Day 6: QuickFire Thimble Memoirs

Today’s Quick Fire challenge involved creating a six word memoir and thimble using Mozilla Thimble to express the concept.

My creation was: https://marcielewis.makes.org/thimble/thimble-memoir-by-marcie-lewis

Screen Shot 2013-07-01 at 7.02.58 PM

When thinking about this as a learner, I had some initial reflections about how my students may feel sometimes. Within the applet, there was a lot of text to read in order to begin to tinker with the different components. When reading the “code”, I lacked the basic knowledge or understanding of what was plain text and what was instructions that the computer was going to follow. It was like reading another language – even though some of it was written in English, it placed high demands on my cognitive skills. I found myself rereading sections, trying to think carefully about what it means and how the code was creating the image I was viewing at the right hand side.

After a little while, I was able to decipher what was actual code and what was explanatory information. The next challenge was figuring out how to adjust the code to have the image appear as I wanted it. As the code involves utilizing numbers to explain color, and positioning. This required some additional exploration at other websites to try and locate the information that I was seeking. I discovered very quickly that identifying the information I was searching for would not be as easy as I originally thought because I didn’t have any prior knowledge of what actually I was looking for, and what to even type into a search engine. The first few websites I explored I couldn’t seem to find what I wanted so I decided to go back and give the good old “trial and error” method of problem solving a try, given the time constraints.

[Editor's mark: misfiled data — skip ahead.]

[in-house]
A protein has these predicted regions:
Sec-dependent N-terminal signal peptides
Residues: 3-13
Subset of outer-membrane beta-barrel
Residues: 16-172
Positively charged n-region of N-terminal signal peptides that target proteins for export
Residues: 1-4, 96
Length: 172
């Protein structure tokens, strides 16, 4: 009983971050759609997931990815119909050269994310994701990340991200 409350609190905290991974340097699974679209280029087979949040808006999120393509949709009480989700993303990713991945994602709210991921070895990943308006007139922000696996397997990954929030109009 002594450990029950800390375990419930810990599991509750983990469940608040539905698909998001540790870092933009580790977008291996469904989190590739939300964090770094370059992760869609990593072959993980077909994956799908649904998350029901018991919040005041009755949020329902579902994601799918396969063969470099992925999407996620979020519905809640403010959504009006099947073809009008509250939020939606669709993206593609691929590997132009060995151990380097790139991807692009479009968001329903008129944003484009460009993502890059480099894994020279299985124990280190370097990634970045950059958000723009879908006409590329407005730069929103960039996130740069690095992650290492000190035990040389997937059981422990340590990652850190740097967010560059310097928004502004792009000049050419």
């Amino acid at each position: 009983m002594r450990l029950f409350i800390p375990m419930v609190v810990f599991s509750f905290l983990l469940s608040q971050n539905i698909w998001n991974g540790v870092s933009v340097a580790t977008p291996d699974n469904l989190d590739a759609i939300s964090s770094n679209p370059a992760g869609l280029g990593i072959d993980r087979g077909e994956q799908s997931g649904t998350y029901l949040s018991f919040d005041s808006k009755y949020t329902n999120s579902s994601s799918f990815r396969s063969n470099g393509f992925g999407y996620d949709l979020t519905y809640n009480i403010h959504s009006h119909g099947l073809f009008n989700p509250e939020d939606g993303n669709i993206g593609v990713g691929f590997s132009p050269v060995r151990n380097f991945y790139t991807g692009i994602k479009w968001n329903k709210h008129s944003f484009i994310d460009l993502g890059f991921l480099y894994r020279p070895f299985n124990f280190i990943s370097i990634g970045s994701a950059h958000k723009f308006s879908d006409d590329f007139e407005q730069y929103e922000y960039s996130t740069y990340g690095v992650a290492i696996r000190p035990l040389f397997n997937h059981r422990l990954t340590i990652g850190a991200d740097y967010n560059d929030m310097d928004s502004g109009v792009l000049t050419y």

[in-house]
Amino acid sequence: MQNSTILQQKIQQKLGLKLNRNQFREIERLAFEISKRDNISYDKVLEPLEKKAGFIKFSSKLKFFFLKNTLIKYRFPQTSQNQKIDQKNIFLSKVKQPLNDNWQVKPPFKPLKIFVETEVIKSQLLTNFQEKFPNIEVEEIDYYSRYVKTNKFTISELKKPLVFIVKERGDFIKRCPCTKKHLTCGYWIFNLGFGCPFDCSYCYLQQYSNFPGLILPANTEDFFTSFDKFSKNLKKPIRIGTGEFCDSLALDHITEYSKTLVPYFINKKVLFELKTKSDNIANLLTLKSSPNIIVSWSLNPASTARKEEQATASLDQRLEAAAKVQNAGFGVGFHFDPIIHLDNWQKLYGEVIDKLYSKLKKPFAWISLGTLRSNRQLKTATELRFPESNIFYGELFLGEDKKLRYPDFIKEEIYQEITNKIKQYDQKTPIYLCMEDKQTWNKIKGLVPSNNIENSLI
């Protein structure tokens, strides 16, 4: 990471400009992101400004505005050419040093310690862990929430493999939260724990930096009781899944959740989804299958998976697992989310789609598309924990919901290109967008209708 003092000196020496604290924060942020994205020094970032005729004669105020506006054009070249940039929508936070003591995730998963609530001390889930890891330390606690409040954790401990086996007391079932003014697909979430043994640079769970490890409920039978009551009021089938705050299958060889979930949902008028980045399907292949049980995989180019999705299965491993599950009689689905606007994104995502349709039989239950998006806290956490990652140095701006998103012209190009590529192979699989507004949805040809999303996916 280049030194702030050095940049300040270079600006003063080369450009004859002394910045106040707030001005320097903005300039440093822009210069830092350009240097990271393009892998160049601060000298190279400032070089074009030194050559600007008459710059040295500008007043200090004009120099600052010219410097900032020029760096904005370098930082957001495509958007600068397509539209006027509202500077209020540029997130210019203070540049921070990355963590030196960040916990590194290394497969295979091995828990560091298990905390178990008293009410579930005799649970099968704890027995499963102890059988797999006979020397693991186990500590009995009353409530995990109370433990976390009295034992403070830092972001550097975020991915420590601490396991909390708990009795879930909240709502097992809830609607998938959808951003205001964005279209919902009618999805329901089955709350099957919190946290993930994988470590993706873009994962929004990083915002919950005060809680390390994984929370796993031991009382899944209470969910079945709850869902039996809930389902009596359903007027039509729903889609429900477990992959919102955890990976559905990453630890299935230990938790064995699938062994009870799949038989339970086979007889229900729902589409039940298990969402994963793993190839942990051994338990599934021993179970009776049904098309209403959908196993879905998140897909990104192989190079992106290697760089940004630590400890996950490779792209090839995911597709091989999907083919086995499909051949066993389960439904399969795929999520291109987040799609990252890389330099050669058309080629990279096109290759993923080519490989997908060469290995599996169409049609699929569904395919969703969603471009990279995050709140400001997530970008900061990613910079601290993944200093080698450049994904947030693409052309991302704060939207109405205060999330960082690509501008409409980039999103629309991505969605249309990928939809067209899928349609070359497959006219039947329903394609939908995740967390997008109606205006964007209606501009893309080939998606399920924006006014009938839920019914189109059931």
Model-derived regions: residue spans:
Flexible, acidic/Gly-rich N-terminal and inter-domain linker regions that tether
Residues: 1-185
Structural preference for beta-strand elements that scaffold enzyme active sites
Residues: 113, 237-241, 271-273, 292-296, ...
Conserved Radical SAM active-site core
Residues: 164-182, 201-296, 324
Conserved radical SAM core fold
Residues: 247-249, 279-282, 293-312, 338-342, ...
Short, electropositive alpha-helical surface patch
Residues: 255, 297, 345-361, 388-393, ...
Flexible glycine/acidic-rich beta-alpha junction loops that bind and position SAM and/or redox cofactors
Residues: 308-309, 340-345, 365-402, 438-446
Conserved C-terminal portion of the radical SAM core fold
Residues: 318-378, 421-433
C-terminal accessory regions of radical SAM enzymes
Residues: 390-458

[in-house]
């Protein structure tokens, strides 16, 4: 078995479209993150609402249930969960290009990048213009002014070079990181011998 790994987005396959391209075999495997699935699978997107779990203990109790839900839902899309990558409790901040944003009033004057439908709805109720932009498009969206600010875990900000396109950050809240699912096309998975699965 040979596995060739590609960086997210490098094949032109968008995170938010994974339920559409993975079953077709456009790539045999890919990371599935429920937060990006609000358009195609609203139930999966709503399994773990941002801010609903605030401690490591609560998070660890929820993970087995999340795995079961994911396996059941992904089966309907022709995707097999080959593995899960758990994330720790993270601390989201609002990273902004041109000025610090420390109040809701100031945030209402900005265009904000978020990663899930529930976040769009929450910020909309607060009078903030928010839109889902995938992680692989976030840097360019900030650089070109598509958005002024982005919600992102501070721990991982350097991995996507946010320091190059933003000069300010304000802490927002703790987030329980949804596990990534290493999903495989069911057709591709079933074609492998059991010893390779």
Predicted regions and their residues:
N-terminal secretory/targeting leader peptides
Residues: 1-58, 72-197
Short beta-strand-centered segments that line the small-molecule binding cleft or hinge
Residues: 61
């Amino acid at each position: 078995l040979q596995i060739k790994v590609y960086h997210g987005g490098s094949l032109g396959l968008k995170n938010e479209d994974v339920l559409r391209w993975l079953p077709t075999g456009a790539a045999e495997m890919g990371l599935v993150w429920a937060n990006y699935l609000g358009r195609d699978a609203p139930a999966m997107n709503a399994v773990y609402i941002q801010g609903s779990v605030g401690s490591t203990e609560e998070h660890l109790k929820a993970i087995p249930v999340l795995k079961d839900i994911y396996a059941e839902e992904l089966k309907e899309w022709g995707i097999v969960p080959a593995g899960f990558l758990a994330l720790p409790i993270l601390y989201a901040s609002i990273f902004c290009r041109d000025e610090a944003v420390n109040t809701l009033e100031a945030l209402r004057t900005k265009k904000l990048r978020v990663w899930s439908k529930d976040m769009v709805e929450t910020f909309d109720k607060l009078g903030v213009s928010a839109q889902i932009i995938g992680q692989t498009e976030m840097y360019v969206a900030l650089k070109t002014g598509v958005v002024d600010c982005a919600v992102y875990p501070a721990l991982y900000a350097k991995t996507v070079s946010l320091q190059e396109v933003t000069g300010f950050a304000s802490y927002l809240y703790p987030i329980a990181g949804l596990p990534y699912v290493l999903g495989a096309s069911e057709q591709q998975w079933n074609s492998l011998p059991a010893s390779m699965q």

When thinking about how this connects to my students, as a teacher I have to be very careful to make sure they have enough technical and content knowledge to engage in the task successfully. Sometimes because we have enough knowledge about the task, we forget how many steps are actually involved, or what knowledge the students will require to complete the task. A simple task to me, can be a very complex task for my students without the proper preparation and scaffolding.

Obviously, this activity was structured to lower the entry point for coding through the use of explanatory code that was included in the applet, but the entry point still required some basic knowledge in order to complete it smoothly and without too much frustration. Developing strategies to help our students be placed in their “zone” – where the task is a “just right” task (not too easy, not too hard, just right) requires teachers to know their students – both their technological knowledge and their content knowledge.

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